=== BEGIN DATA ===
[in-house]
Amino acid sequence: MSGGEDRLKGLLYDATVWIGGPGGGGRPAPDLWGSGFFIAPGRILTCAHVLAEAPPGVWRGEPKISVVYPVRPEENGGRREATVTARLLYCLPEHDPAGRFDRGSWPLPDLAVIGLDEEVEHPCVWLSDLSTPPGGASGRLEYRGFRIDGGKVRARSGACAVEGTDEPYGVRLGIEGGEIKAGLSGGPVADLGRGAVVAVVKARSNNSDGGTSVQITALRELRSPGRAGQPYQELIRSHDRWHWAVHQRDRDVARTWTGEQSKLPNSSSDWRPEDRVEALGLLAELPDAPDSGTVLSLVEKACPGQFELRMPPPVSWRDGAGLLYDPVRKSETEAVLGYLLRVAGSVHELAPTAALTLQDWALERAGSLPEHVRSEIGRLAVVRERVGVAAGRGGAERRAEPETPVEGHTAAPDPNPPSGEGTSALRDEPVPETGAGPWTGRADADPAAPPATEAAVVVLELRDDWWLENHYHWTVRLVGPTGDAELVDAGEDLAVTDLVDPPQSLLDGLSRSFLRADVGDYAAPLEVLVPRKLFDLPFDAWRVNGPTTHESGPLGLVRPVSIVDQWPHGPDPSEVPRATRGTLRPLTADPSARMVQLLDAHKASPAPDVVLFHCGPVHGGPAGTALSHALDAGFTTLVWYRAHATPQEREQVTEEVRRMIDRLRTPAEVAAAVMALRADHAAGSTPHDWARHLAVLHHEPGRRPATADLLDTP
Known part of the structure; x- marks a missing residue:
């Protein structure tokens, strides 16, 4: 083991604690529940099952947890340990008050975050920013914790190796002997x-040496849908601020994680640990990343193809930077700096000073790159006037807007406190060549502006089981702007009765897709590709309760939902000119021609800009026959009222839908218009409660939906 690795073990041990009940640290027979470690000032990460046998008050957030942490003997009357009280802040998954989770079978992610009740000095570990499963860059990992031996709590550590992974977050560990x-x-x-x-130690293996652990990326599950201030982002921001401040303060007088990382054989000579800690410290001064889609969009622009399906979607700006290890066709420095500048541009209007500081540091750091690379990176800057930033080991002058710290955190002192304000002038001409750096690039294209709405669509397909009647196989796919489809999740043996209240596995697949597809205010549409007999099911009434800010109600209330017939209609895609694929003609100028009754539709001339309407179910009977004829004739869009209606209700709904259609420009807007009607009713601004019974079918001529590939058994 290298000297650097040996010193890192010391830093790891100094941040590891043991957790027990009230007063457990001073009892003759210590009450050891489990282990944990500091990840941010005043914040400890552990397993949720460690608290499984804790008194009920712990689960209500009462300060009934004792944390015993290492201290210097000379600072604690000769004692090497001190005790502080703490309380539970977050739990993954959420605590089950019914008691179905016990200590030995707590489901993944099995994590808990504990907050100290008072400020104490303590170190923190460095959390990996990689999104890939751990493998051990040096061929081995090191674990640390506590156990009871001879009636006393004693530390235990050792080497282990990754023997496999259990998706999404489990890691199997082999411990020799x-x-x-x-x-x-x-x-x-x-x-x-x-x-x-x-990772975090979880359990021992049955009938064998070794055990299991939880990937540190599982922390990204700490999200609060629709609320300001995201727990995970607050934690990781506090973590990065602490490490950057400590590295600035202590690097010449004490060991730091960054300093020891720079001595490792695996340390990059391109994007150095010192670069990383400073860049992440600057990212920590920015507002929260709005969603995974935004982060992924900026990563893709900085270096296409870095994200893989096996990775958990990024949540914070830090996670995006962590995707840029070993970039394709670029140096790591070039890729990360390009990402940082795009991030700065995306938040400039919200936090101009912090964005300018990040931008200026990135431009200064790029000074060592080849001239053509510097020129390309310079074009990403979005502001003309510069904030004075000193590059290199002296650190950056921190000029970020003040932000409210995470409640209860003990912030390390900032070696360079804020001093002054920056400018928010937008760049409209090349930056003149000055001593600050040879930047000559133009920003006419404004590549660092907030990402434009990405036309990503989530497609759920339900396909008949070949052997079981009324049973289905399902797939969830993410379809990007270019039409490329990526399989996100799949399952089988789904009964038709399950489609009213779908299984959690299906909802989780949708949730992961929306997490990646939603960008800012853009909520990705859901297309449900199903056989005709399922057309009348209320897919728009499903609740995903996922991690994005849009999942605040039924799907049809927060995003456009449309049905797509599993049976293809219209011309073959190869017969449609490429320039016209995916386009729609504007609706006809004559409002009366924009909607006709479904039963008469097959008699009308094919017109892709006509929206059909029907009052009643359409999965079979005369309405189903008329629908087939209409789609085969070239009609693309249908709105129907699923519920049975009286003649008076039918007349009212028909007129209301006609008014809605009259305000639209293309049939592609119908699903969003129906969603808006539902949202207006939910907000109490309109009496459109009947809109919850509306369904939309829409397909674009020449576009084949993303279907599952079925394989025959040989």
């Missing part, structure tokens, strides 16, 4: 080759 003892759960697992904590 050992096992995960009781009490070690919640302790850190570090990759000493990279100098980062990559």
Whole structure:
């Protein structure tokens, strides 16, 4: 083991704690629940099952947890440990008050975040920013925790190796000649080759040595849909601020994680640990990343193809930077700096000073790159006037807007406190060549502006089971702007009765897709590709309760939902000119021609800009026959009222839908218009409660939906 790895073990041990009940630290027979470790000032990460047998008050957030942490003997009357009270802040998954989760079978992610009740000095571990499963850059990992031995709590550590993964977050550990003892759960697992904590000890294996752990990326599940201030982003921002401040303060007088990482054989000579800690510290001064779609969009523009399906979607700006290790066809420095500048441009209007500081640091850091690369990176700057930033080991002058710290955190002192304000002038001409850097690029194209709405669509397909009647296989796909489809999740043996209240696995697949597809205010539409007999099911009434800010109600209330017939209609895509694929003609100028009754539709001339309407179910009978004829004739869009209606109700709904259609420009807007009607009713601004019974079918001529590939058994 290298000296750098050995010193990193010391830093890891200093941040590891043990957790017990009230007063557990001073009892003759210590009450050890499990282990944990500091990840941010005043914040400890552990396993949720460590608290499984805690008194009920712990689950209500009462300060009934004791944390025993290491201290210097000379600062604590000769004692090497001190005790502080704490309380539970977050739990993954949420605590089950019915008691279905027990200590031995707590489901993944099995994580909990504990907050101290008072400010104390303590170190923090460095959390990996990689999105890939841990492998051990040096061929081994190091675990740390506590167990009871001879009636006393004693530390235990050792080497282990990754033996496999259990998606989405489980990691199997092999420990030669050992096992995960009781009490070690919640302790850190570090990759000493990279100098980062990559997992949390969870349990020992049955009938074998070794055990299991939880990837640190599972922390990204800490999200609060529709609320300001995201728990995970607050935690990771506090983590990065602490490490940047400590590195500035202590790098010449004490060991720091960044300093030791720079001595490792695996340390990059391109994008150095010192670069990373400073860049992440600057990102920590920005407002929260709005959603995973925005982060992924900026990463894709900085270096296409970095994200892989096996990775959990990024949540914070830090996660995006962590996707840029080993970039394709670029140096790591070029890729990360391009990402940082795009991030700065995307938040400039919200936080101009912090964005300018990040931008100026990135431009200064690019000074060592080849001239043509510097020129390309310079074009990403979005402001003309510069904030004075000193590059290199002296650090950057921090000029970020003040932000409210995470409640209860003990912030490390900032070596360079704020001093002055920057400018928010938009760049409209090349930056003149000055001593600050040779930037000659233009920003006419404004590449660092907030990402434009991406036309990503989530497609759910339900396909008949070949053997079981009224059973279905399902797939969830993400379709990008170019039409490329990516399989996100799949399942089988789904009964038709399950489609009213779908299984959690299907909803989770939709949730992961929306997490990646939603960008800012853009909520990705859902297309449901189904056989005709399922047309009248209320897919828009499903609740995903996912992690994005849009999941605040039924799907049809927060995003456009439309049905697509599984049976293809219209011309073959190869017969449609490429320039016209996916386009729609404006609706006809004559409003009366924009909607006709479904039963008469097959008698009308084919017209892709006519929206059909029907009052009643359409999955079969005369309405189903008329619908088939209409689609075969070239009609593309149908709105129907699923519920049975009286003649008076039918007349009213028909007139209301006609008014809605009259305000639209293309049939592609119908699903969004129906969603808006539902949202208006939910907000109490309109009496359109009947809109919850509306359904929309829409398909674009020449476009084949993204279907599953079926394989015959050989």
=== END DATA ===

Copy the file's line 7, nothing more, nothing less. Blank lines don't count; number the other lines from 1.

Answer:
């Protein structure tokens, strides 16, 4: 083991704690629940099952947890440990008050975040920013925790190796000649080759040595849909601020994680640990990343193809930077700096000073790159006037807007406190060549502006089971702007009765897709590709309760939902000119021609800009026959009222839908218009409660939906 790895073990041990009940630290027979470790000032990460047998008050957030942490003997009357009270802040998954989760079978992610009740000095571990499963850059990992031995709590550590993964977050550990003892759960697992904590000890294996752990990326599940201030982003921002401040303060007088990482054989000579800690510290001064779609969009523009399906979607700006290790066809420095500048441009209007500081640091850091690369990176700057930033080991002058710290955190002192304000002038001409850097690029194209709405669509397909009647296989796909489809999740043996209240696995697949597809205010539409007999099911009434800010109600209330017939209609895509694929003609100028009754539709001339309407179910009978004829004739869009209606109700709904259609420009807007009607009713601004019974079918001529590939058994 290298000296750098050995010193990193010391830093890891200093941040590891043990957790017990009230007063557990001073009892003759210590009450050890499990282990944990500091990840941010005043914040400890552990396993949720460590608290499984805690008194009920712990689950209500009462300060009934004791944390025993290491201290210097000379600062604590000769004692090497001190005790502080704490309380539970977050739990993954949420605590089950019915008691279905027990200590031995707590489901993944099995994580909990504990907050101290008072400010104390303590170190923090460095959390990996990689999105890939841990492998051990040096061929081994190091675990740390506590167990009871001879009636006393004693530390235990050792080497282990990754033996496999259990998606989405489980990691199997092999420990030669050992096992995960009781009490070690919640302790850190570090990759000493990279100098980062990559997992949390969870349990020992049955009938074998070794055990299991939880990837640190599972922390990204800490999200609060529709609320300001995201728990995970607050935690990771506090983590990065602490490490940047400590590195500035202590790098010449004490060991720091960044300093030791720079001595490792695996340390990059391109994008150095010192670069990373400073860049992440600057990102920590920005407002929260709005959603995973925005982060992924900026990463894709900085270096296409970095994200892989096996990775959990990024949540914070830090996660995006962590996707840029080993970039394709670029140096790591070029890729990360391009990402940082795009991030700065995307938040400039919200936080101009912090964005300018990040931008100026990135431009200064690019000074060592080849001239043509510097020129390309310079074009990403979005402001003309510069904030004075000193590059290199002296650090950057921090000029970020003040932000409210995470409640209860003990912030490390900032070596360079704020001093002055920057400018928010938009760049409209090349930056003149000055001593600050040779930037000659233009920003006419404004590449660092907030990402434009991406036309990503989530497609759910339900396909008949070949053997079981009224059973279905399902797939969830993400379709990008170019039409490329990516399989996100799949399942089988789904009964038709399950489609009213779908299984959690299907909803989770939709949730992961929306997490990646939603960008800012853009909520990705859902297309449901189904056989005709399922047309009248209320897919828009499903609740995903996912992690994005849009999941605040039924799907049809927060995003456009439309049905697509599984049976293809219209011309073959190869017969449609490429320039016209996916386009729609404006609706006809004559409003009366924009909607006709479904039963008469097959008698009308084919017209892709006519929206059909029907009052009643359409999955079969005369309405189903008329619908088939209409689609075969070239009609593309149908709105129907699923519920049975009286003649008076039918007349009213028909007139209301006609008014809605009259305000639209293309049939592609119908699903969004129906969603808006539902949202208006939910907000109490309109009496359109009947809109919850509306359904929309829409398909674009020449476009084949993204279907599953079926394989015959050989």